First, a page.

It’s Just a Number

Here it comes – another grumpy post…

Sure, I’m as happy as anyone that the Dow Jones Industrial Average (DJIA) has once again breached the 10,000 level. Yet all this attention over the attainment of one particular level – we sure love big, round numbers, don’t we? – is, in my view, really beside the point. The fact that the 10,000 level is big news is just another sign that a large percentage of the population looks at the stock market as one thing – the DJIA. These reports fail to note that the DJIA is comprised of only 30 stocks, 30 big stocks. Until recently, it contained former “blue chip” names such as Citigroup (C) and General Motors. Most of the Dow companies are “American” only in that their headquarters are located in the United States. A huge portion of these companies’ revenues and profits come from operations outside this country. Most of them are experiencing solid growth in China, Brazil and other so-called emerging economies. My point is that the DJIA represents just an abstract number, a data point which actually represents the aggregate opinions of thousands of investors regarding each company – its valuation and future prospects.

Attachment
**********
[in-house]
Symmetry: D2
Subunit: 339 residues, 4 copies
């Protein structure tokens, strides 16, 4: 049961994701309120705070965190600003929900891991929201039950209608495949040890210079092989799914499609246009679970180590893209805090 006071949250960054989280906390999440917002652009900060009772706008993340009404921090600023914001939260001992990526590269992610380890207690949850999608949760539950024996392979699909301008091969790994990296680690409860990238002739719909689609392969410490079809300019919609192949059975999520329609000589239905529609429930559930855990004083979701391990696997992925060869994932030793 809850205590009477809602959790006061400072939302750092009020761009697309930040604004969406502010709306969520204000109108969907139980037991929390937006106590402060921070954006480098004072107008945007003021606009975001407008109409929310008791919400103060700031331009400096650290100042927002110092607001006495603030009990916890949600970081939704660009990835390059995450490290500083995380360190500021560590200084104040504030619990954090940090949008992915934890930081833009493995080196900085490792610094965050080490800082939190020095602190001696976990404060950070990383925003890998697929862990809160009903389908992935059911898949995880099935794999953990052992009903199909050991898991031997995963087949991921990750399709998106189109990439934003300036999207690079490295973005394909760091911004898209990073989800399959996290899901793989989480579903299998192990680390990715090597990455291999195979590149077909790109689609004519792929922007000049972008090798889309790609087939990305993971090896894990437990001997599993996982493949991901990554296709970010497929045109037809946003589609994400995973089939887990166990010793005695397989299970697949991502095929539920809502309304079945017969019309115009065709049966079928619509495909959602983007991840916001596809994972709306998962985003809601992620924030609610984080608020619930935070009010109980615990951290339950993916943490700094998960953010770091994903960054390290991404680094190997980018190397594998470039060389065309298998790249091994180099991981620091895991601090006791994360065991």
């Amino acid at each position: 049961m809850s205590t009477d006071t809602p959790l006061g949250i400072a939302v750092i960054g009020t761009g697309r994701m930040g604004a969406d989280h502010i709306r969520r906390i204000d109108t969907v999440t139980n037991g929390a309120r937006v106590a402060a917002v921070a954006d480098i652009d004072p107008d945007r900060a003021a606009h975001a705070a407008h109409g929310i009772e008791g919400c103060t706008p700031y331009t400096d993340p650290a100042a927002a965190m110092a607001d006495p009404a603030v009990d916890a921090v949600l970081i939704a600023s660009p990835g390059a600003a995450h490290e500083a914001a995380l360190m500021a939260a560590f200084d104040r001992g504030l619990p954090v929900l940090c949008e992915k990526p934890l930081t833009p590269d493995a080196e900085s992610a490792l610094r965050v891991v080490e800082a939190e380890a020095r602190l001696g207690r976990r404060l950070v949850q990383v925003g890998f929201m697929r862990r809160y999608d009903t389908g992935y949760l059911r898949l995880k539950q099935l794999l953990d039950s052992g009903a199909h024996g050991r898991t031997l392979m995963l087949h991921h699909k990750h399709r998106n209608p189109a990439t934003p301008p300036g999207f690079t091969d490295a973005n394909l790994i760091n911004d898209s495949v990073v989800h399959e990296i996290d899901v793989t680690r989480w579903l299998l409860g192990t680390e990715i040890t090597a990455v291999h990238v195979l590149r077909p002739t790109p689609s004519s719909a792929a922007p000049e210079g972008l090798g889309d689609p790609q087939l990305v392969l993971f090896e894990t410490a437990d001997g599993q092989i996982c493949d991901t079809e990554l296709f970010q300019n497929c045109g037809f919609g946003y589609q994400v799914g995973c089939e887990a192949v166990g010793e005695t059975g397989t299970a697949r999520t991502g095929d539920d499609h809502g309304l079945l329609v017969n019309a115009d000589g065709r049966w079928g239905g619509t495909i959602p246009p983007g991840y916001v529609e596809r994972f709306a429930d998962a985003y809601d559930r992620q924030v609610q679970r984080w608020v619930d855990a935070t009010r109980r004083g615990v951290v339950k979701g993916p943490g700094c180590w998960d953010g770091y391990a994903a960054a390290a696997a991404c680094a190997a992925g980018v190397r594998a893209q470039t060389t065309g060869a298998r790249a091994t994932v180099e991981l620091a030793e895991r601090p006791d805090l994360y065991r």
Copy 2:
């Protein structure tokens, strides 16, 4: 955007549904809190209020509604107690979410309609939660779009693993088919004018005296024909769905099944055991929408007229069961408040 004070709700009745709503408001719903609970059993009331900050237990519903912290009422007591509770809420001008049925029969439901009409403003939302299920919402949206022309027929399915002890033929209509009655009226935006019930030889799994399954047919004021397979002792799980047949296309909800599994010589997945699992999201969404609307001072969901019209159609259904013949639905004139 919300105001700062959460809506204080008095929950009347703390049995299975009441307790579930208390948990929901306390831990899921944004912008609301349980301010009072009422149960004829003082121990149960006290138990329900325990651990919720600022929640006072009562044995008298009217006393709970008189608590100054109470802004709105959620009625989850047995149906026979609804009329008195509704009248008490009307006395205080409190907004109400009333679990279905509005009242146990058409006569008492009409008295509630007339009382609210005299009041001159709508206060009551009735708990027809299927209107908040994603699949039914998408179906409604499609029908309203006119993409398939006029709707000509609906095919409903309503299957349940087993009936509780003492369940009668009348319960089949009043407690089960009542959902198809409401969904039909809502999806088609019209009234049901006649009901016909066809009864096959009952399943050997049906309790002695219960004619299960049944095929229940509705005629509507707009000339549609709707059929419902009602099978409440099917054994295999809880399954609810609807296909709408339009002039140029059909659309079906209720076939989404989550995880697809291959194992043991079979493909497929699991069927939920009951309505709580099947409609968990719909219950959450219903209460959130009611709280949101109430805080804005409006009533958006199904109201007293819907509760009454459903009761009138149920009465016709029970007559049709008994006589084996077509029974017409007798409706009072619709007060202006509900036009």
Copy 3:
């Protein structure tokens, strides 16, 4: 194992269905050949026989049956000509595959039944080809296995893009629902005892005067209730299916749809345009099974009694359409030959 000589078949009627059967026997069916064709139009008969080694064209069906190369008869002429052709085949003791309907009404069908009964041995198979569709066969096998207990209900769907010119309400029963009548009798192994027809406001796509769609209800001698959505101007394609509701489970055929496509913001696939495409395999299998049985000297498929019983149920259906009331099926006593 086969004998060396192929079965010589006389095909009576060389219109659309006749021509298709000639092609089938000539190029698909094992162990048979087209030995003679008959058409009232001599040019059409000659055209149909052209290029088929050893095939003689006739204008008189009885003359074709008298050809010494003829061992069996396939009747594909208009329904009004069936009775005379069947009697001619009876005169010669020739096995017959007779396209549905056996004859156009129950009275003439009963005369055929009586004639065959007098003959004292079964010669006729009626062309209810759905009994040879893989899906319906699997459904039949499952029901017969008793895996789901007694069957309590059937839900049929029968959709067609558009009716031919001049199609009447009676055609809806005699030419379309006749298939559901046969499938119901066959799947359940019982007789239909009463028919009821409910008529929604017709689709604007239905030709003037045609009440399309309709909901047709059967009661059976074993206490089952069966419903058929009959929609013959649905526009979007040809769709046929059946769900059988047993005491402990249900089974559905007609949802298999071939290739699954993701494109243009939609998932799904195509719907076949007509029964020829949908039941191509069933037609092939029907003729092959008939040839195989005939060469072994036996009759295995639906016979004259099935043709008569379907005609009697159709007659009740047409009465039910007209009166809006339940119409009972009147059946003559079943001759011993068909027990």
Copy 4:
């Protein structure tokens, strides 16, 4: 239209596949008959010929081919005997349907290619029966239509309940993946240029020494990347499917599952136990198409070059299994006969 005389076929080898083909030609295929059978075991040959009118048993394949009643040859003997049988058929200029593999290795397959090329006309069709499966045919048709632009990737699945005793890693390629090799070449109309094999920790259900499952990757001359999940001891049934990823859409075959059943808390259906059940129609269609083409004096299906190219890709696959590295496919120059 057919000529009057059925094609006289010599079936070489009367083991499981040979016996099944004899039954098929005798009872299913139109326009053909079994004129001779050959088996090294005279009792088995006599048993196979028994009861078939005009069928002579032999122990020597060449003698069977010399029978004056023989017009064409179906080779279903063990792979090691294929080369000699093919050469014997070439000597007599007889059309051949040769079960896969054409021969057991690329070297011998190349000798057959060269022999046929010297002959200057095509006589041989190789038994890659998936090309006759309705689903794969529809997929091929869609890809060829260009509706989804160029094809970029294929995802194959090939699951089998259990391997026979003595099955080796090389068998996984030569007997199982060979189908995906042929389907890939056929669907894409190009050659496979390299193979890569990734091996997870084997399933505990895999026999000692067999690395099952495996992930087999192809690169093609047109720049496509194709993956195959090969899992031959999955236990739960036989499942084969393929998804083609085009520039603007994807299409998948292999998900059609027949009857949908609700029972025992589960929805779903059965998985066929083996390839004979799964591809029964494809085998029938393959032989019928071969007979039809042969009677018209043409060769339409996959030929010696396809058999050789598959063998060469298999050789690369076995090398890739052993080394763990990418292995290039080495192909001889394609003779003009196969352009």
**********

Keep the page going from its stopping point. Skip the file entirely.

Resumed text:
For me, the bigger celebration should have been August 3rd of this year, when the S&P 500 broke through the 1,000 level, which in addition to being a nice, round number, was an important resistance level, and is now a key support level. Most people who invest in stocks don’t just buy “the market;” they buy Raytheon (RTN), Agrium (AGU), OM Group (OMG), or whatever. The concept of the market being just one thing, one number, probably increases the common misconception that investing is akin to gambling. The market goes up; it goes down. It may seem quite random to many people. This is unfortunate.

Stock prices are higher than they used to be because interest rates are low, earnings are growing and skepticism is still high. These are not random forces – they are powerful, sustaining and sustainable forces. The Fed wants to maintain low interest rates to aid many industries, including autos, finance and housing. Earnings have been growing due to aggressive cost cutting from the early days of the recession and a resumption of spending. Skepticism and cash levels are high because investors have been dealt a gut punch, which may take a while to get over. Oh, and by the way, many of the “gurus” on television told them to sell stocks and hold cash earlier in the year.